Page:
David Rudisha Readies his UK Return

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David Rudisha didn’t just win gold in the 800m at the 2012 London Olympics, and he didn’t just set a new world record in that event either – he blew people’s minds.

And the Kenyan didn’t just blow the minds of casual spectators, but the minds of people who know a thing or two about running an immaculate 800. Seb Coe, the iconic British Olympian and former world record holder in the event, called Rudisha’s dominant Olympic performance “the most extraordinary piece of running I have probably ever seen.”

Two years later, Rudisha, now 25, is back in the UK and set to challenge his own world record in Friday night’s  Diamond League Glasgow Grand Prix – though the reality is he will probably save his best effort for the Commonwealth Games that begin July 23.

Yet as Rudisha returns to Britain, a lot has changed since his sterling Olympic run. If his gold medal-winning time of 1:40.91 isn’t quite a distant memory, the hope of reaching it again is diminished by two years of battling knee and calf injuries. Observers say he is running at about 90 percent right now, but 90 percent doesn’t break world records and it doesn’t bode well for his Commonwealth Games.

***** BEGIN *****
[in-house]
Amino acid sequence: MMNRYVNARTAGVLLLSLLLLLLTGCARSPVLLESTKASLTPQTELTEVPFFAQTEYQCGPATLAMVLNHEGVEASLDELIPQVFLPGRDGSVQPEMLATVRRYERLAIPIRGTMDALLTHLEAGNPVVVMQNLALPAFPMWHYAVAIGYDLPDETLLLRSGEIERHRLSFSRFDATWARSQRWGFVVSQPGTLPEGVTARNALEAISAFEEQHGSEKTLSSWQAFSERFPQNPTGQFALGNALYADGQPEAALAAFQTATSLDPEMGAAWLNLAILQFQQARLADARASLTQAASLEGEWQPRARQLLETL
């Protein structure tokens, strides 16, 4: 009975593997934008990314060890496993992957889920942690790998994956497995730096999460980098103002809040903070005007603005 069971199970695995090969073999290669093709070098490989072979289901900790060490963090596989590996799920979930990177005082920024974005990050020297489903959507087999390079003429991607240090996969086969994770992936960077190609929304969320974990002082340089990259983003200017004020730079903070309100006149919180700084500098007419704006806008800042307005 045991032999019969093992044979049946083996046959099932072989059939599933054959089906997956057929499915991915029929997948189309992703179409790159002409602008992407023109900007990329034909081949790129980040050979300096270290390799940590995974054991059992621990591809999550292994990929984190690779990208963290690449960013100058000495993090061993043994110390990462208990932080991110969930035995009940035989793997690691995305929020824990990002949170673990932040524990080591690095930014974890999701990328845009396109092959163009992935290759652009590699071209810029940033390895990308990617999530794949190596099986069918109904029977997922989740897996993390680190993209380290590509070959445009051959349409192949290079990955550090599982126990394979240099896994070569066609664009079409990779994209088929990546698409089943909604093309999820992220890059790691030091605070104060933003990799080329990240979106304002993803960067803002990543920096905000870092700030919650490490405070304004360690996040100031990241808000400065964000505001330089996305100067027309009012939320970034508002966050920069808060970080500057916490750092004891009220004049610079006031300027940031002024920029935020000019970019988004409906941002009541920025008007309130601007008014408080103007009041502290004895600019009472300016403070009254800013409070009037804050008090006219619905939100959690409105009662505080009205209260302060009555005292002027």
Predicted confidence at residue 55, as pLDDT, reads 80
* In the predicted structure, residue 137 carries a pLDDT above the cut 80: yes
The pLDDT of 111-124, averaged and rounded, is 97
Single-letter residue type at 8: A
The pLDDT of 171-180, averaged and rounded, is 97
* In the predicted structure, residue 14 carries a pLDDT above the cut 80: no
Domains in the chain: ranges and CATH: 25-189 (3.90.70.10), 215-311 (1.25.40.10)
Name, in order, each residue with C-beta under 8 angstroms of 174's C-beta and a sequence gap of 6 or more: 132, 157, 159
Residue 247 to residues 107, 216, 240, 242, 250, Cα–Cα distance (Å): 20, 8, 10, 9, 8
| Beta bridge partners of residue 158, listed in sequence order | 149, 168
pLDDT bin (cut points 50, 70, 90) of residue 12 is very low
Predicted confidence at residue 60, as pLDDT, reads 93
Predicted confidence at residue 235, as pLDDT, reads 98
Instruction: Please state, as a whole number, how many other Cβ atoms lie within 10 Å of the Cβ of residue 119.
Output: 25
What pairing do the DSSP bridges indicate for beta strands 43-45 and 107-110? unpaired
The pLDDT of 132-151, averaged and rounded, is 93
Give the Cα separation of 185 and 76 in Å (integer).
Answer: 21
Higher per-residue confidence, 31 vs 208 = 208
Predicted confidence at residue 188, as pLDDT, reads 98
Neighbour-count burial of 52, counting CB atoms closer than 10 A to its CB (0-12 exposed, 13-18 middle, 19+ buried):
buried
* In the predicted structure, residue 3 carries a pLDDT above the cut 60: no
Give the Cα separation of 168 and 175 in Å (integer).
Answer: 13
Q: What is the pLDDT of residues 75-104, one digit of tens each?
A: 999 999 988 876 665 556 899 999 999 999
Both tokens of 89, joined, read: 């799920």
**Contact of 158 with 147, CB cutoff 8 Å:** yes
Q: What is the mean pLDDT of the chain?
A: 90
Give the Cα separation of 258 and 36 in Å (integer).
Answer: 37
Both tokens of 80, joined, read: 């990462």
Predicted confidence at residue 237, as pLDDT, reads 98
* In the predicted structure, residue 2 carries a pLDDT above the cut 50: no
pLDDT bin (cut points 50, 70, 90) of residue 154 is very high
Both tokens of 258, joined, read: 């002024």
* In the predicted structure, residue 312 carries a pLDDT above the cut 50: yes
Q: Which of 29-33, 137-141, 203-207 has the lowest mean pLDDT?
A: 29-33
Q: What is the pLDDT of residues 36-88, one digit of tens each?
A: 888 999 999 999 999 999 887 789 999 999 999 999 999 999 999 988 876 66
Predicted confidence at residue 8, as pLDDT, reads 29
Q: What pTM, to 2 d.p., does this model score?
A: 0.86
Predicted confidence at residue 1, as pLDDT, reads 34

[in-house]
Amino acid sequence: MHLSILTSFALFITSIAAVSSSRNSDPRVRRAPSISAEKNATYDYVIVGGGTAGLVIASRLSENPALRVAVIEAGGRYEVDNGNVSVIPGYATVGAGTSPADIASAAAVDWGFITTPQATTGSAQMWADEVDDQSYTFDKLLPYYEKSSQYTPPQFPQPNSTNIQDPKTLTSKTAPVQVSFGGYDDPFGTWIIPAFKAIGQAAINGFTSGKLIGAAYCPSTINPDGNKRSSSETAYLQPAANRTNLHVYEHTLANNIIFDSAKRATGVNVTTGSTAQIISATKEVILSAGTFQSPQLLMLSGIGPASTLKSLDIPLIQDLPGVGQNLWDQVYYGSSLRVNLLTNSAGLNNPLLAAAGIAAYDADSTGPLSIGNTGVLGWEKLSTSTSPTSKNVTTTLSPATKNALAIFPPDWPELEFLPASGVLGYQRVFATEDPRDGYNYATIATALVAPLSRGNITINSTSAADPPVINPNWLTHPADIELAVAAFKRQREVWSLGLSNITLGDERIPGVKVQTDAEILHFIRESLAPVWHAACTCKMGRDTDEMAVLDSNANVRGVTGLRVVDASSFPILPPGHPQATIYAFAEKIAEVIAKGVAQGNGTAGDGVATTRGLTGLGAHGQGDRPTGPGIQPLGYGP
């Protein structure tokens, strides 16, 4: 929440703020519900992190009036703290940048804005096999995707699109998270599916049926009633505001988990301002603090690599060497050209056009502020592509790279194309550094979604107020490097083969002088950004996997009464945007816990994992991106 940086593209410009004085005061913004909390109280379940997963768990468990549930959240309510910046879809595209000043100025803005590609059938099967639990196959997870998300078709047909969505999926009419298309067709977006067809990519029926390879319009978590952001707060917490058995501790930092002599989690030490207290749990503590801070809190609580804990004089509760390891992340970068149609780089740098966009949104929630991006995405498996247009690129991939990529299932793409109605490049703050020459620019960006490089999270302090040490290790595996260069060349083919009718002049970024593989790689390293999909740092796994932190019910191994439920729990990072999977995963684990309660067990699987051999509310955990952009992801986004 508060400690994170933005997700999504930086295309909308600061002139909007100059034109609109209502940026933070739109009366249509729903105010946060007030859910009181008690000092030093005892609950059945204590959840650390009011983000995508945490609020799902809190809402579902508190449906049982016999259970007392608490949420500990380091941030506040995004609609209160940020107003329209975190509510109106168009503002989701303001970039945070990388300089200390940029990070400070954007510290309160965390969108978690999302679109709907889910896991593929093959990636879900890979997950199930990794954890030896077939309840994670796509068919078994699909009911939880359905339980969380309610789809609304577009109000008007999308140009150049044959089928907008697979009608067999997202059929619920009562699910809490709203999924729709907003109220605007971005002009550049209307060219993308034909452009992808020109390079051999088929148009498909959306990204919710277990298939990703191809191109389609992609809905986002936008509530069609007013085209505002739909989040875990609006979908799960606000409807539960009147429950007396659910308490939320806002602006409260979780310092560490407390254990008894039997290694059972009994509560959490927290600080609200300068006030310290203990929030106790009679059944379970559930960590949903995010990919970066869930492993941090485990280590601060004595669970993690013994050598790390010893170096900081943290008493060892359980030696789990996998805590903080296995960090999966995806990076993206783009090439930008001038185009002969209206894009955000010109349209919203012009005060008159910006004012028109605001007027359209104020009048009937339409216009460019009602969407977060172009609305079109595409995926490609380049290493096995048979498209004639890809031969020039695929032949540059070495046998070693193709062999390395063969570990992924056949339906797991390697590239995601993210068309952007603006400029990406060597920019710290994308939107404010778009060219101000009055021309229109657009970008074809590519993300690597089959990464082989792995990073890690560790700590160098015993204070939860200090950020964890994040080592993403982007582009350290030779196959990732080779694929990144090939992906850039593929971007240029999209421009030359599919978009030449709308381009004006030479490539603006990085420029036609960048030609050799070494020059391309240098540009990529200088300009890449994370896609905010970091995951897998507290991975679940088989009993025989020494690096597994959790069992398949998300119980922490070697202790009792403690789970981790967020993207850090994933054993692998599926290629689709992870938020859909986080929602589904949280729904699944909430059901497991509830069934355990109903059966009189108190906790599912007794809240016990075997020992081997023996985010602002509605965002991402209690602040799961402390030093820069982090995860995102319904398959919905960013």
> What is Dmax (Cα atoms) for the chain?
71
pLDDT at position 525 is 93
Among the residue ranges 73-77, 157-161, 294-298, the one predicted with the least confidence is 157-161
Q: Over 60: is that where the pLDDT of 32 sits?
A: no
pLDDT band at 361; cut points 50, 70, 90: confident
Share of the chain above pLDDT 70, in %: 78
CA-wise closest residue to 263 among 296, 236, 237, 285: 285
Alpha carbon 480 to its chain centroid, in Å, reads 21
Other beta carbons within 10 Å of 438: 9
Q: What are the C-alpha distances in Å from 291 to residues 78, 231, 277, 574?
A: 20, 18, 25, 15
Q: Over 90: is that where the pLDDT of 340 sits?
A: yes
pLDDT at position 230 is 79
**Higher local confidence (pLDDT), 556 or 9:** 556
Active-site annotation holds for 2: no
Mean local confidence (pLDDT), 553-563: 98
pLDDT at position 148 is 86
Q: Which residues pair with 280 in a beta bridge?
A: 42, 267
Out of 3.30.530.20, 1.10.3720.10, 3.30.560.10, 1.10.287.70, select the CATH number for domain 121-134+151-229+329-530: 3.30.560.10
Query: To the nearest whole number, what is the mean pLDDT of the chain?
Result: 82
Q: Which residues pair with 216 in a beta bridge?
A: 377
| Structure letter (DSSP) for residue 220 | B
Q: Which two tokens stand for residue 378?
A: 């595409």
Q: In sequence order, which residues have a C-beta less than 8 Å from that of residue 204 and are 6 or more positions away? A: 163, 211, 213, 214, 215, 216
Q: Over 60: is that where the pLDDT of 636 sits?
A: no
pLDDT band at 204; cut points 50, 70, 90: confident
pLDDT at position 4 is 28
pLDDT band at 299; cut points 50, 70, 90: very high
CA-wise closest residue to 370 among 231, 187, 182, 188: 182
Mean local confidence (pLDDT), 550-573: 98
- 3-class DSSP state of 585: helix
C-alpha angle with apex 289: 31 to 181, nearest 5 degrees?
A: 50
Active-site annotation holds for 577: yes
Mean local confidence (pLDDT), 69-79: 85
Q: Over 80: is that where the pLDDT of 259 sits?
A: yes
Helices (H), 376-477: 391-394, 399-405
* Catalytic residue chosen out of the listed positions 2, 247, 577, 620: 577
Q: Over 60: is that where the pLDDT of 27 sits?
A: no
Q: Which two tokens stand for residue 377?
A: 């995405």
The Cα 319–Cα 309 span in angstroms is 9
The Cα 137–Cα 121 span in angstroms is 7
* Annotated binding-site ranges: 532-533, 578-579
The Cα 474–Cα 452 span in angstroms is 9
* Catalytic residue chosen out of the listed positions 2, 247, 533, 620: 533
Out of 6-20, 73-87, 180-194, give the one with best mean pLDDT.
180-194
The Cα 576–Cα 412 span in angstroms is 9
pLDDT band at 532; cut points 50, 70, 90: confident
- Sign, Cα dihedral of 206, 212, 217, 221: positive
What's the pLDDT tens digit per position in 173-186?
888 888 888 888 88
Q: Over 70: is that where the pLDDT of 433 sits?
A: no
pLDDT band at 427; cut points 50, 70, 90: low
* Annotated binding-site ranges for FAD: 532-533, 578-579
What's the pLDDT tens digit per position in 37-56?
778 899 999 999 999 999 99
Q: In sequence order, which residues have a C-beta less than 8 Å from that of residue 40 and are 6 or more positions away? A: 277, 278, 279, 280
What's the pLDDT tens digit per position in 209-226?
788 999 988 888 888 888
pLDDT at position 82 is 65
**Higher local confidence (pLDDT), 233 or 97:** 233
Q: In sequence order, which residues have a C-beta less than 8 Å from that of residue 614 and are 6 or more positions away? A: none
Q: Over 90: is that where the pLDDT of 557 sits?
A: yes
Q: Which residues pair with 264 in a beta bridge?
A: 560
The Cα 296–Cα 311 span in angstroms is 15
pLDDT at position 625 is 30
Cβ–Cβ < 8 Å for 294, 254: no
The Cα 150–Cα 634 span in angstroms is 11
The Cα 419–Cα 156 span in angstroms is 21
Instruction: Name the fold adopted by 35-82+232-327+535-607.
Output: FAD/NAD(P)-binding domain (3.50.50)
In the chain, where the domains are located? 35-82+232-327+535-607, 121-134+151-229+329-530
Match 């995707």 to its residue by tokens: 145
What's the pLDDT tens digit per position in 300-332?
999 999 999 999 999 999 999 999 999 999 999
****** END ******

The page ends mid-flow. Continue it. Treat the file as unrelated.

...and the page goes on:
Rudisha doesn’t sound worried about his long-term health, and told The Telegraph that he thinks he can challenge his own record.

“At the Olympics I did it by myself, without a pacemaker,” Rudisha said. “Maybe, if we can get the right pacing and the right competition, and if I am in good shape, we might be able to do something better than that.”

Eventually, he thinks he can do even better. While 1:41 used to be a mythical barrier, Rudisha told the Telegraph he thinks breaking 1:40 could be happen down the road, even if it doesn’t happen this year.

“It might be possible in the future,” he said.

Rudisha is the biggest name to watch at this event. Jamaica’s Yohan Blake, who took silver in the 100 and 200 at the 2012 Olympics will be competing but is injured and has already withdrawn from the Commonwealth Games. Great Britain’s Mo Farah, who won gold in the 5,000 and 10,000 in 2012, withdrew earlier this week after battling a recent stomach illness.